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This book contains papers arising from a symposium held during a combined meeting of The International Union of Anthropological and Ethnological Sciences (IUAES), The Australian Anthropological Society (AAS) and The Association of Social Anthropologists of Aotearoa New Zealand at the University of Western Australia from July 5-8th, 2011. It follows on from a recently published Special Issue Supplement of Archives of Oral Biology, Volume 54, December 2009 that contains papers from an International Workshop on Oral Growth and Development held in Liverpool in 2007 and edited by Professor Alan Brook. Together, these two publications provide a comprehensive overview of state-of-the-art approaches to study dental development and variation, and open up opportunities for future collaborative research initiatives, a key aim of the International Collaborating Network in Oro-facial Genetics and Development that was founded in Liverpool in 2007.
The aim of the symposium held at The University of Western Australia in 2011 was to emphasise some of the powerful new strategies offered by the science of dental anthropology to elucidate the historical lineage of human groups and also to reconstruct environmental factors that have acted on the teeth by analysing dental morphological features. In recent years, migration, as well as increases and decreases in the size of different human populations, have been evident as a result of globalisation. Dental features are also changing associated with changes in nutritional status, different economic or social circumstances, and intermarriage between peoples. Dental anthropological studies have explored these changes with the use of advanced techniques and refined methodologies. New paradigms are also evolving in the field of dental anthropology.
A study of non-metric dental traits in people in the Papua New Guinea (PNG) Highlands was carried out and the results were compared with other Asian and Pacific peoples. Dental impressions were obtained of young adults from Kasi village, Wabag, Enga Province, PNG. Frequencies of 13 dental traits were recorded using the Arizona State University Dental Anthropology System. Conspicuous characteristics in PNG Highlanders included: low frequencies of shoveling and double-shoveling of maxillary incisors, 6th cusp in mandibular first molar and Carabelli's trait, but in contrast high frequencies of hypocone reduction in maxillary second molars, 5th cusp in maxillary first molars and 4-cusped mandibular second molars. A principal coordinate plot including 39 Asian and Pacific populations for scores of these 13 traits, based on Smith's MMDs and standard deviations, showed that the PNG Highlanders belonged to the Sunda-Pacific group, but occupied an extreme position on the first axis. Many of dental characteristics of Wabag were related to morphological reduction of the molar dental crowns, especially their distal components. This suggests that their dental morphologies have changed from the original Australian type of dental characteristics to a peculiar type of morphology associated with nutritional conditions and complex genetic factors.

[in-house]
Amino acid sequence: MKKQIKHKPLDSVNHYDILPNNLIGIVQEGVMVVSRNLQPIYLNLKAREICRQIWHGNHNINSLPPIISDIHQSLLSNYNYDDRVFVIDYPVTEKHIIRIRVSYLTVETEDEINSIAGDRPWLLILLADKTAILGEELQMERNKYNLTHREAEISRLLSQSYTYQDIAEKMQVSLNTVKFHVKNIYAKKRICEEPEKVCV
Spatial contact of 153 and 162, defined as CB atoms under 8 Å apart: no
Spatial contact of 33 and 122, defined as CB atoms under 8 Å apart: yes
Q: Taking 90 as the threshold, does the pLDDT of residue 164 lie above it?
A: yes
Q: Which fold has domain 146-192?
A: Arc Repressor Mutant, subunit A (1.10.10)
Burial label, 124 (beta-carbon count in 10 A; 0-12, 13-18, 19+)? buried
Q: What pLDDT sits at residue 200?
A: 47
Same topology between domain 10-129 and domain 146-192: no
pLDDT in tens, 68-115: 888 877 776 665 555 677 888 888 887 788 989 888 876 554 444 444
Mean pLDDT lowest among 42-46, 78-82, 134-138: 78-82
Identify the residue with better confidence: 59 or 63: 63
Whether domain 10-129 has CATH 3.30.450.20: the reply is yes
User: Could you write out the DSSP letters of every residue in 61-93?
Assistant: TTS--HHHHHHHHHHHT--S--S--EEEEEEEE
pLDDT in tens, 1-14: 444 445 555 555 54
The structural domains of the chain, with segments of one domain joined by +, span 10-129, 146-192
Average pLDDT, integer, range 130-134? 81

Recent discoveries of archaeological site in highland Papua New Guinea (PNG) demonstrate that this area was colonized by humans almost 49,000 years ago (Gasden, 2010; Summerhays, 2010).
In recent years, migration, as well as increases and decreases in the size of different human populations, have been evident as a result of globalisation. Dental features are also changing associated with changes in nutritional status, different economic or social circumstances, and intermarriage between peoples. Dental anthropological studies have explored these changes with the use of advanced techniques and refined methodologies. New paradigms are also evolving in the field of dental anthropology.